by guest author Patricia Dotten
I remember as a young mom being so excited to start homeschooling! I envisioned a small row of desks in a meticulously organized and colorfully decorated school room in our basement, posters of presidents and the cursive alphabet on the wall, an American flag and manual pencil sharpener strategically placed next to the oversized chalkboard at the front of the room. I expected large uninterrupted time blocks of teaching my attentive and eager “students” and on my big desk up front, a detailed planner laying open next to my “World’s Best Teacher” coffee mug!
Well, it didn’t take long for me to realize that my little “school” wasn’t going to be so neat and tidy! In fact, after a couple of years, we ditched the school room altogether because it was never used. The desks? We donated them to Goodwill. My favorite picture now is of my son hanging upside down off the couch reading his Biology textbook. I can count on one hand the times he actually sat in a chair to do school work.
Over time, my idea of “school” was morphing and my view of true education expanding. The big “Aha moment” came during one particularly difficult season. I had four little ones under 8 and was eagerly anticipating my fifth when sadly, I miscarried. In the days and weeks after losing this little one, I was so distraught I didn’t think I could handle “doing school.” And that’s when my sister, a seasoned homeschool mom, reminded me that school is really just living life together with my children: talking with them, grieving with them, going on walks, doing chores, cooking, cleaning, and reading together.
My sister suggested that I take this opportunity to read aloud for long stretches everyday to my children. And so that’s what I did. In fact, I would read for hours and hours each day — up to 6 hours a day. We would snuggle together on the couch, some of my girls would color and my son would play quietly with his legos or K’nex while listening to the stories. We read biographies, missionary stories, and classics. The time reading together became a healing balm to my soul and a binding glue between my children and I. We laughed together and cried together. And every time I stopped reading, I heard a chorus of eager voices crying out, “read, Mommy, read!” I found that my children were learning. My youngest was 2 years old, but we read real books, good literature. My children, unbeknownst to them, were growing in their vocabulary and grammar. They were learning geography and history, about foreign lands and cultures, about God and His kingdom, about character and morality all through the books I was reading aloud to them. We would stop and discuss ideas or concepts they didn’t understand as we were drawn closer by experiencing these wonderful stories together.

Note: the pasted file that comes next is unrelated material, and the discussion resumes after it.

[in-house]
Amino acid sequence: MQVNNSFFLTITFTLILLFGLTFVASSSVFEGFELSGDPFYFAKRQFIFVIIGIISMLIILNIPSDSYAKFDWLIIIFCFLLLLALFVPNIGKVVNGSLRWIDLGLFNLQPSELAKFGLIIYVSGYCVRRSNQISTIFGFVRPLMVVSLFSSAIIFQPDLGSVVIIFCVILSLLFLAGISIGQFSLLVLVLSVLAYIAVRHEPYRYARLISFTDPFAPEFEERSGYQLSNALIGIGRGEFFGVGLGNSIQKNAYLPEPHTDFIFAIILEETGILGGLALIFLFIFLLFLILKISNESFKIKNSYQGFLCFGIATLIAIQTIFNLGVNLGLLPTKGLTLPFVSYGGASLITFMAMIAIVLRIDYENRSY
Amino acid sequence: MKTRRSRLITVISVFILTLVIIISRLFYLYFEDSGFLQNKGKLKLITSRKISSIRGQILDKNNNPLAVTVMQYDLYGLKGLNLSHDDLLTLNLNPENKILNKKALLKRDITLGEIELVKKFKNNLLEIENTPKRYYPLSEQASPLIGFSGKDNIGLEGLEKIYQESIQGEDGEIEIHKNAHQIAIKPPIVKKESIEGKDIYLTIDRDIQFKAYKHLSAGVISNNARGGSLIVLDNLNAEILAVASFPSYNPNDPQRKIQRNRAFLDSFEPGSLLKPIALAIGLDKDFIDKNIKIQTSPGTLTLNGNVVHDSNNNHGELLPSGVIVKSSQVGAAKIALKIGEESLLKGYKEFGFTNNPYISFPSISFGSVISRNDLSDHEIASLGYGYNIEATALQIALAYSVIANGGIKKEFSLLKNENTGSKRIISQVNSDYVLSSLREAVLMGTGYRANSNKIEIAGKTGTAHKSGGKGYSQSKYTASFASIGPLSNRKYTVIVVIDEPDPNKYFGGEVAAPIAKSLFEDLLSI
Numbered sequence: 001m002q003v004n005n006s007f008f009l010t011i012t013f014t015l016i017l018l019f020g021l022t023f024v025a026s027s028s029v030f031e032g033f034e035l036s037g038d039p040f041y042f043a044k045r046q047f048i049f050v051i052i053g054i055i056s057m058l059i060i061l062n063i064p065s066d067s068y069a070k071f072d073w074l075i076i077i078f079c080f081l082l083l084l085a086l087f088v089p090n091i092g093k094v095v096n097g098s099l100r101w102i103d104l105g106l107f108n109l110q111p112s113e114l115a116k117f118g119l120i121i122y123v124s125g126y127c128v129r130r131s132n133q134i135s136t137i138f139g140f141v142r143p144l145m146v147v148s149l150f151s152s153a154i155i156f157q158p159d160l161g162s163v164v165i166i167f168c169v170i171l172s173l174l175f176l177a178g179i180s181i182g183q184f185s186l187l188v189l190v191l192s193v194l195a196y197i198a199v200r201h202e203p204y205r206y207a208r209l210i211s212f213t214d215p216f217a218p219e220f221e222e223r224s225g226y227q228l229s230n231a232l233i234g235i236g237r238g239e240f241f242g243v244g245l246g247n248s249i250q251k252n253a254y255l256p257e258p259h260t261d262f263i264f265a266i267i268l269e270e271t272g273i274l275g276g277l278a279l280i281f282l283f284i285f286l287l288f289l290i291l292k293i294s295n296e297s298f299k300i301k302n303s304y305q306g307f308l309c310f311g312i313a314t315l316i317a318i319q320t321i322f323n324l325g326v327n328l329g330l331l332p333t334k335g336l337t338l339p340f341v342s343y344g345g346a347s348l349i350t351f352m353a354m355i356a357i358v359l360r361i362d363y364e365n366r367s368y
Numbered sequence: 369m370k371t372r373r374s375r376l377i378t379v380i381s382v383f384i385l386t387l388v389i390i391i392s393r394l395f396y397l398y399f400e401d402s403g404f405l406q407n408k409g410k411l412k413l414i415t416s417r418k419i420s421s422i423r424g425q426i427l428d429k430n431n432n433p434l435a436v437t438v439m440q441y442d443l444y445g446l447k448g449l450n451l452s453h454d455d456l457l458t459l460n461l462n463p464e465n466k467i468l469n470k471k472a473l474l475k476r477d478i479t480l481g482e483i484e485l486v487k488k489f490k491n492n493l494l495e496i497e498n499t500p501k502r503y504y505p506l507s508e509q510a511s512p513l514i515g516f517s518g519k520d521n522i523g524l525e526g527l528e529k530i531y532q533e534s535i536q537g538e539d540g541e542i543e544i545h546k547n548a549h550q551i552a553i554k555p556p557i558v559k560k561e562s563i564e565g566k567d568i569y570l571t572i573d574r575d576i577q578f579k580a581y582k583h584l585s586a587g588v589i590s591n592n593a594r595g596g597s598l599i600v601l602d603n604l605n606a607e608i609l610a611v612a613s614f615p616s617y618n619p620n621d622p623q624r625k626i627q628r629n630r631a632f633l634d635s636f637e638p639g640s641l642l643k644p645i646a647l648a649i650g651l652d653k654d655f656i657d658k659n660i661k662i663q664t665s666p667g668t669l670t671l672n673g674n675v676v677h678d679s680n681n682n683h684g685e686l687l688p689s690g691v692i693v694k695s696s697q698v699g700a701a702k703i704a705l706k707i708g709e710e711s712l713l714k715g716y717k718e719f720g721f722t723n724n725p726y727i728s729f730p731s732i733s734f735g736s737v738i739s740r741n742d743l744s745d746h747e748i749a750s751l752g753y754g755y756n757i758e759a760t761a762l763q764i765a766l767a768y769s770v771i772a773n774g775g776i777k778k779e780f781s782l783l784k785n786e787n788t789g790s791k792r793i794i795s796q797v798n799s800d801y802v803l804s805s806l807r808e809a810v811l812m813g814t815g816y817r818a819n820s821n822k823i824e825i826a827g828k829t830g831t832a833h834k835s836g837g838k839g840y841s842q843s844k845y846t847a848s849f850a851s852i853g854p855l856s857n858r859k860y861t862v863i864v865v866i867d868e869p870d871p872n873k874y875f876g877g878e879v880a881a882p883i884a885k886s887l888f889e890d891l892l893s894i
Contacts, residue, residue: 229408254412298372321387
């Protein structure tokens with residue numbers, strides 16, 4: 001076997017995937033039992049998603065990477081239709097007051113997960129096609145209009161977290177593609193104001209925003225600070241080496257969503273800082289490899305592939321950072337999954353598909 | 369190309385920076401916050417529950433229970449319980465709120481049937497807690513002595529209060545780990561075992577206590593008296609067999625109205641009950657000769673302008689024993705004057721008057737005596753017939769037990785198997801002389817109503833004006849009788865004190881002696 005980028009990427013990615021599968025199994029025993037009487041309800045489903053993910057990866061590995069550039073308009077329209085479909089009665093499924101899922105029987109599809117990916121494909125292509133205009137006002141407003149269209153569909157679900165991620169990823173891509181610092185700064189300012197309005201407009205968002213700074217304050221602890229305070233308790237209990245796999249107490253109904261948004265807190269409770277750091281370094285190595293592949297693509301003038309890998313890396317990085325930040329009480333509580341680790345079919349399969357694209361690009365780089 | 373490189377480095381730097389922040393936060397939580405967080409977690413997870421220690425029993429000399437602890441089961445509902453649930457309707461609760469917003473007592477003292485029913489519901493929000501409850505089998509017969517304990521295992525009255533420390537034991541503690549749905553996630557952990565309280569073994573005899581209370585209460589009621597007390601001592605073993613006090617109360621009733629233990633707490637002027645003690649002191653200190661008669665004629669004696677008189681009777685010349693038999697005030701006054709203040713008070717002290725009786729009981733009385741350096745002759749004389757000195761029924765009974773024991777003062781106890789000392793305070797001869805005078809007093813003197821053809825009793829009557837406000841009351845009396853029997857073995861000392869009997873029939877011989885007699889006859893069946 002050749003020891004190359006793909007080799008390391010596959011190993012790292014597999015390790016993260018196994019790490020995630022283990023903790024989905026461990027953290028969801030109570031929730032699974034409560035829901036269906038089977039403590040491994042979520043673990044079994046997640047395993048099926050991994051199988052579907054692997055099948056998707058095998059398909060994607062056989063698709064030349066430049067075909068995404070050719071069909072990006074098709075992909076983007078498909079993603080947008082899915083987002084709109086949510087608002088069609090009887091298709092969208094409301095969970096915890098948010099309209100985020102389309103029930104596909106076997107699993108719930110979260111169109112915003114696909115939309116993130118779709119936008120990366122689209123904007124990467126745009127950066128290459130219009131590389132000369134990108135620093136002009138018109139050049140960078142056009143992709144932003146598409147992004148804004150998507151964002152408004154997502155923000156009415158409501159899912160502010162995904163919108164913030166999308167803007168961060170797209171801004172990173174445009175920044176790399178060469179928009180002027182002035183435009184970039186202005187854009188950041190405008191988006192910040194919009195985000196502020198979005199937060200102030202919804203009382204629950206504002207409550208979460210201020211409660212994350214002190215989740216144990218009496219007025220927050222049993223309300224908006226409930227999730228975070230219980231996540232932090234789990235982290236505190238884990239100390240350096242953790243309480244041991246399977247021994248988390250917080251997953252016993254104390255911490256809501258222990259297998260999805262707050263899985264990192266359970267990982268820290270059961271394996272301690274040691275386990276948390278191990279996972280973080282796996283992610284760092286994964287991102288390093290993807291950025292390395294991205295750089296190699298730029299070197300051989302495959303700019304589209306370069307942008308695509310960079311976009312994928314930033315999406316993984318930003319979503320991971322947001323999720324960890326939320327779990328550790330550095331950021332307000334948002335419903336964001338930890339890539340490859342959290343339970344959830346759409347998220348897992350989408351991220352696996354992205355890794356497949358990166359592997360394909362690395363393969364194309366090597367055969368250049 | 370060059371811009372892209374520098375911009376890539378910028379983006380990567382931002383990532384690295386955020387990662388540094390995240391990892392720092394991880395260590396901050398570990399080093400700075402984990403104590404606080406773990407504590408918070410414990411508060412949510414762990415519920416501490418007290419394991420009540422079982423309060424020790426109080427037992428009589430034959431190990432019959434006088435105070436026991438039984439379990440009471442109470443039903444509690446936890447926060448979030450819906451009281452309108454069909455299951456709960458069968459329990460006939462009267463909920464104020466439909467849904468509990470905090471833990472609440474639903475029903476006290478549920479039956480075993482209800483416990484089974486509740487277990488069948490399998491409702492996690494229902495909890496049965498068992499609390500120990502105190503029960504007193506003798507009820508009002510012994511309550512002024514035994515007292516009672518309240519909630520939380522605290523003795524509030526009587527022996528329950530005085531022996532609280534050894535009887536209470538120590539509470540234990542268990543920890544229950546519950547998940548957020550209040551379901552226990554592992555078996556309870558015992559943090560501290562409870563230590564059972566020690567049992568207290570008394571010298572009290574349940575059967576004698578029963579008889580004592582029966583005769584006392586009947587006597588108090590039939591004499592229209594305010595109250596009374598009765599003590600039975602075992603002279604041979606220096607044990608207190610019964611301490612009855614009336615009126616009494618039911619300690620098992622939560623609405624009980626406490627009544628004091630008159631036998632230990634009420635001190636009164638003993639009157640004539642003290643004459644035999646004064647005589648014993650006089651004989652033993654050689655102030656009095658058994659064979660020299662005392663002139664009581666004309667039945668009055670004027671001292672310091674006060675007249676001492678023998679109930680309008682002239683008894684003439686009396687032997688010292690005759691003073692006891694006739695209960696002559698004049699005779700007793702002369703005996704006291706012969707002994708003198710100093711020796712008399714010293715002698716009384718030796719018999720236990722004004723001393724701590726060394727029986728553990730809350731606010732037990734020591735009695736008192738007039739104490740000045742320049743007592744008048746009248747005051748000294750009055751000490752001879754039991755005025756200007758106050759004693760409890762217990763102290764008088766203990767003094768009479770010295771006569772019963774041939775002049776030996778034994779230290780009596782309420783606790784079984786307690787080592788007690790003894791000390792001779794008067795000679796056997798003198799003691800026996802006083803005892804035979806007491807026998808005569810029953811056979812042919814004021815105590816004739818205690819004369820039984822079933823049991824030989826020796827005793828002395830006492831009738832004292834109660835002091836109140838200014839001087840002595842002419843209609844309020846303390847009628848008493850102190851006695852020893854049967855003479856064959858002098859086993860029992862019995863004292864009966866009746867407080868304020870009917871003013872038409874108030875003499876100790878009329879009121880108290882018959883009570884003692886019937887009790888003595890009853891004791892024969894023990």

I wouldn’t trade those days for anything! What a rich time it was! And when we did return to doing some more traditional math, English, and history, my view of education had been forever changed. My “school” would be forever different: more relationships, less rigid routine; more conversation, less teaching; more real life, less textbooks; more hands-on, less sitting still; more adventure, less boredom; more whole books, less workbooks; more laid back, less stress. And we kept reading aloud, at least one hour a day, which I continued to do until my children graduated from high school. My goals had changed as well. Instead of tests and grades, I wanted to see my children love learning because I knew this would help them in whatever sphere God placed them.
Whether you’re experiencing a season of loss and grief, are in the throes of trying to homeschool with toddlers under foot, or are struggling to keep your children’s attention for school, just remember that homeschooling is a lifestyle, not a classroom. As you pass on your own love of learning to your children and introduce them to great books through reading aloud, you are equipping them for life. So hop on the couch with a good book and give your desks to Goodwill!
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